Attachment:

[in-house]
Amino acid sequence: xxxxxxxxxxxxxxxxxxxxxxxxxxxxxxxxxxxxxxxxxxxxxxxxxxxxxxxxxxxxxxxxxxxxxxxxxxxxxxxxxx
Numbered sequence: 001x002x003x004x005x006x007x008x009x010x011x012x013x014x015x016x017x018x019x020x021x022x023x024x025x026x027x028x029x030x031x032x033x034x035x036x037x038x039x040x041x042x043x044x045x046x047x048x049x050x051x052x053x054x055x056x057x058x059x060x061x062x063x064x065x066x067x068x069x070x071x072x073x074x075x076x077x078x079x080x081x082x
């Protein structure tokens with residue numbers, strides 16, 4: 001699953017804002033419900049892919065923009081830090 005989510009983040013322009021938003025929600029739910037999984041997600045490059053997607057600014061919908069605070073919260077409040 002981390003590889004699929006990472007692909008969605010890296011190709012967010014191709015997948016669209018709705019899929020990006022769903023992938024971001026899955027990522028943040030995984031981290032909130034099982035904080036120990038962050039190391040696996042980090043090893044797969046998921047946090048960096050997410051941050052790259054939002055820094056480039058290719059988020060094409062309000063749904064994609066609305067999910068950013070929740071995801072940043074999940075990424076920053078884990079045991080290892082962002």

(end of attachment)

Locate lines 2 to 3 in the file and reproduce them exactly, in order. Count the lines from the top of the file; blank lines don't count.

Amino acid sequence: xxxxxxxxxxxxxxxxxxxxxxxxxxxxxxxxxxxxxxxxxxxxxxxxxxxxxxxxxxxxxxxxxxxxxxxxxxxxxxxxxx
Numbered sequence: 001x002x003x004x005x006x007x008x009x010x011x012x013x014x015x016x017x018x019x020x021x022x023x024x025x026x027x028x029x030x031x032x033x034x035x036x037x038x039x040x041x042x043x044x045x046x047x048x049x050x051x052x053x054x055x056x057x058x059x060x061x062x063x064x065x066x067x068x069x070x071x072x073x074x075x076x077x078x079x080x081x082x